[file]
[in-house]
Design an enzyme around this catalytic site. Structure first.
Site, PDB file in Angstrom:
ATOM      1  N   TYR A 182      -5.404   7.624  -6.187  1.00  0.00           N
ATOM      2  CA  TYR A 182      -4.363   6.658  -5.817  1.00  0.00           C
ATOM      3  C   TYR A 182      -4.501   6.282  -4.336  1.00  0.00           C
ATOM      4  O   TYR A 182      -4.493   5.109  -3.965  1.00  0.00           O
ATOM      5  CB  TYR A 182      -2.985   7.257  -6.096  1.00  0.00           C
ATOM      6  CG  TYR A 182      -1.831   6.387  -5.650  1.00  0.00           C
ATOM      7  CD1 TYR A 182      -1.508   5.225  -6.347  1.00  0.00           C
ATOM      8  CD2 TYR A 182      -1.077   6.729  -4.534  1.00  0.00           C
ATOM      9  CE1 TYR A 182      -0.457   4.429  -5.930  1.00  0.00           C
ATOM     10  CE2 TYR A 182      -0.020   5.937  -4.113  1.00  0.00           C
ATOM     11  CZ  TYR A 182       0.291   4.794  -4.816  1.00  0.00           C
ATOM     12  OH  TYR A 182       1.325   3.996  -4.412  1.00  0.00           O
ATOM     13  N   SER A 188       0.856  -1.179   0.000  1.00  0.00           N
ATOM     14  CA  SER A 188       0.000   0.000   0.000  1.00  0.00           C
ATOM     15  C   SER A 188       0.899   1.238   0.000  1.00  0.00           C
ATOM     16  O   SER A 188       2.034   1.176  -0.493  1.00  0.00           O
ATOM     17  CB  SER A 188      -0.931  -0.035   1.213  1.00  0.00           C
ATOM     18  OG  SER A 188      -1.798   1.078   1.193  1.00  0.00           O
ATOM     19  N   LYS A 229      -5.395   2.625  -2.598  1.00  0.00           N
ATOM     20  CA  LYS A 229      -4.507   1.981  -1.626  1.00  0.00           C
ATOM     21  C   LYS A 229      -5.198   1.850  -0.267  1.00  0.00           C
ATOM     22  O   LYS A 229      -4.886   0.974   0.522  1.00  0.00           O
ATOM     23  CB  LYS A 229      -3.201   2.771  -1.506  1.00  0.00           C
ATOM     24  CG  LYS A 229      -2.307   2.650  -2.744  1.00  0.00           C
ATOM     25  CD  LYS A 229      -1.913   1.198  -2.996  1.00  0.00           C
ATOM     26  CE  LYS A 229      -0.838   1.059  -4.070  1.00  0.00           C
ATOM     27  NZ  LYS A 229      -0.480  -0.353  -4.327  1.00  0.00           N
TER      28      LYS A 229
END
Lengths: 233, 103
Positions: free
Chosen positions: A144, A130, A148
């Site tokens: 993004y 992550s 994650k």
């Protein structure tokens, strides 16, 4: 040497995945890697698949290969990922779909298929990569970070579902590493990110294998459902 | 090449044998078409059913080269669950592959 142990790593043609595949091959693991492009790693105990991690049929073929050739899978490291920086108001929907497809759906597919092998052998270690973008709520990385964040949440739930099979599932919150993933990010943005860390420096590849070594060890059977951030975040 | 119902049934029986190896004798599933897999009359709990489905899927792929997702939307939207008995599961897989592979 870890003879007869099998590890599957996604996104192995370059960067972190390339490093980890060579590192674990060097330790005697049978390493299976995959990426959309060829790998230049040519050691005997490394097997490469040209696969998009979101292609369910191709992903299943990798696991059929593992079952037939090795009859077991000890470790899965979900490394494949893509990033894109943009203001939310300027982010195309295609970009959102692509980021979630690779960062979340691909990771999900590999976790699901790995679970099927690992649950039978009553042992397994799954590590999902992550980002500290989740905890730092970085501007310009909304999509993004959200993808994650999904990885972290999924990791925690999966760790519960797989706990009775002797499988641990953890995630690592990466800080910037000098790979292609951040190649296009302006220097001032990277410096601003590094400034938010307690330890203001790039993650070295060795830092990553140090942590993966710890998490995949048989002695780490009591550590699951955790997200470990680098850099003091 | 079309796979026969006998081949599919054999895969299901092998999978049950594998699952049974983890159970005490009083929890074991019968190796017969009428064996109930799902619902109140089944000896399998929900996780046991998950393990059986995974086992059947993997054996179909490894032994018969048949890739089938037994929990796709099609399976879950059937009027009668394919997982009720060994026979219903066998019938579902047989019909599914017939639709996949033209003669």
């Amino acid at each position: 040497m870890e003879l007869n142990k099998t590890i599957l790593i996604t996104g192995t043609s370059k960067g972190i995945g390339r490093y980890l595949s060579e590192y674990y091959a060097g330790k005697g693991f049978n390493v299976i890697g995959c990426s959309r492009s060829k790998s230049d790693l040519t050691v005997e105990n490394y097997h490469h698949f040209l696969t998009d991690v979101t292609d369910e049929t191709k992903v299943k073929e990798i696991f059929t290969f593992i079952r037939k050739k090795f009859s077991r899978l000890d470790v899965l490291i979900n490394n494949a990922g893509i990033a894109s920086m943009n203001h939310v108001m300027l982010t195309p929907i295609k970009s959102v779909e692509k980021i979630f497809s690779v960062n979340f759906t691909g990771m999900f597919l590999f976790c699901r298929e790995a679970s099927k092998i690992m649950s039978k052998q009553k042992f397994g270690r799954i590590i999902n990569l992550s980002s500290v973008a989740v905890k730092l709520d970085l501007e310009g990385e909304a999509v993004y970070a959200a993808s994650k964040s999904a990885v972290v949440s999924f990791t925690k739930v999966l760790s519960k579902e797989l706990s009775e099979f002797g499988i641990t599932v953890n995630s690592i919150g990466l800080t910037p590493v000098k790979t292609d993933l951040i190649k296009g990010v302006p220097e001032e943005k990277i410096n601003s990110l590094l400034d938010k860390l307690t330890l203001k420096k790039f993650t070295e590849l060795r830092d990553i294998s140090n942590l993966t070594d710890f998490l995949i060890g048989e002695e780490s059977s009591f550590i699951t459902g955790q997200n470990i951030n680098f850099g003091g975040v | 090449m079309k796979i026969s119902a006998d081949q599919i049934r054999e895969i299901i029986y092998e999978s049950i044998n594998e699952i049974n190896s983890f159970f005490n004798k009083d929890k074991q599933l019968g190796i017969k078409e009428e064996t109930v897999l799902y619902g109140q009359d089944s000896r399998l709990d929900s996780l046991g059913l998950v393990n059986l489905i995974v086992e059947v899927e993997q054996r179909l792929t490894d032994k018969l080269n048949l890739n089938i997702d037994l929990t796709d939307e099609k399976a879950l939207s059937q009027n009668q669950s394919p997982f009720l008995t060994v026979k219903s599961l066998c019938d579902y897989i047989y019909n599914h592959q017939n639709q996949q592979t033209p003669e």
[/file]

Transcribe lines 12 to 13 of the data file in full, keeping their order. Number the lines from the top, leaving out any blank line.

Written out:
ATOM      9  CE1 TYR A 182      -0.457   4.429  -5.930  1.00  0.00           C
ATOM     10  CE2 TYR A 182      -0.020   5.937  -4.113  1.00  0.00           C